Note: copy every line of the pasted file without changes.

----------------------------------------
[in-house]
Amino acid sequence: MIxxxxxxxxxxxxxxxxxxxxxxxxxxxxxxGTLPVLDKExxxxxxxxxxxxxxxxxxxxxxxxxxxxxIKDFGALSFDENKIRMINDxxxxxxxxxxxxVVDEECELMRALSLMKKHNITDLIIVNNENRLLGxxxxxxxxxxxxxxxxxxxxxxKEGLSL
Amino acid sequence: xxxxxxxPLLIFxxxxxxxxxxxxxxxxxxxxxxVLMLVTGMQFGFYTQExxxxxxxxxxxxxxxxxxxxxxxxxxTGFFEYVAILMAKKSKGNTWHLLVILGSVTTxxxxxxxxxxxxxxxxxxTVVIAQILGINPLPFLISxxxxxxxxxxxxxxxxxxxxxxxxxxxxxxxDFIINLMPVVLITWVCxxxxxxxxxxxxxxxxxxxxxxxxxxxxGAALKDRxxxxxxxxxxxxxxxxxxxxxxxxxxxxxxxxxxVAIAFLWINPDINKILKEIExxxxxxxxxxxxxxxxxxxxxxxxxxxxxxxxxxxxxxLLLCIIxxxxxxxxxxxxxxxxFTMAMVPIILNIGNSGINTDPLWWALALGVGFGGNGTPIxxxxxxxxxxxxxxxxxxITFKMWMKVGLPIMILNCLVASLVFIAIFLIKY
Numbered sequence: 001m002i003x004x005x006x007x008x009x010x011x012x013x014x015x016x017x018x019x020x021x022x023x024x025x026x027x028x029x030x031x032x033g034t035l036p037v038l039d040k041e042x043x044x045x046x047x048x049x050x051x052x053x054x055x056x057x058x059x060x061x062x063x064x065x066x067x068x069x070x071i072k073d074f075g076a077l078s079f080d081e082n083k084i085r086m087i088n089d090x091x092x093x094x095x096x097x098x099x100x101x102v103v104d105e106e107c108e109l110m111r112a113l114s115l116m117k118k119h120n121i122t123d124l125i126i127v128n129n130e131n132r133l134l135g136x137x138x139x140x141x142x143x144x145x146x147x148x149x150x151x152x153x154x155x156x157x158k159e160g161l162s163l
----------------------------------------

[in-house]
Amino acid sequence: MIxxxxxxxxxxxxxxxxxxxxxxxxxxxxxxGTLPVLDKExxxxxxxxxxxxxxxxxxxxxxxxxxxxxIKDFGALSFDENKIRMINDxxxxxxxxxxxxVVDEECELMRALSLMKKHNITDLIIVNNENRLLGxxxxxxxxxxxxxxxxxxxxxxKEGLSL
Amino acid sequence: xxxxxxxPLLIFxxxxxxxxxxxxxxxxxxxxxxVLMLVTGMQFGFYTQExxxxxxxxxxxxxxxxxxxxxxxxxxTGFFEYVAILMAKKSKGNTWHLLVILGSVTTxxxxxxxxxxxxxxxxxxTVVIAQILGINPLPFLISxxxxxxxxxxxxxxxxxxxxxxxxxxxxxxxDFIINLMPVVLITWVCxxxxxxxxxxxxxxxxxxxxxxxxxxxxGAALKDRxxxxxxxxxxxxxxxxxxxxxxxxxxxxxxxxxxVAIAFLWINPDINKILKEIExxxxxxxxxxxxxxxxxxxxxxxxxxxxxxxxxxxxxxLLLCIIxxxxxxxxxxxxxxxxFTMAMVPIILNIGNSGINTDPLWWALALGVGFGGNGTPIxxxxxxxxxxxxxxxxxxITFKMWMKVGLPIMILNCLVASLVFIAIFLIKY
Numbered sequence: 001m002i003x004x005x006x007x008x009x010x011x012x013x014x015x016x017x018x019x020x021x022x023x024x025x026x027x028x029x030x031x032x033g034t035l036p037v038l039d040k041e042x043x044x045x046x047x048x049x050x051x052x053x054x055x056x057x058x059x060x061x062x063x064x065x066x067x068x069x070x071i072k073d074f075g076a077l078s079f080d081e082n083k084i085r086m087i088n089d090x091x092x093x094x095x096x097x098x099x100x101x102v103v104d105e106e107c108e109l110m111r112a113l114s115l116m117k118k119h120n121i122t123d124l125i126i127v128n129n130e131n132r133l134l135g136x137x138x139x140x141x142x143x144x145x146x147x148x149x150x151x152x153x154x155x156x157x158k159e160g161l162s163l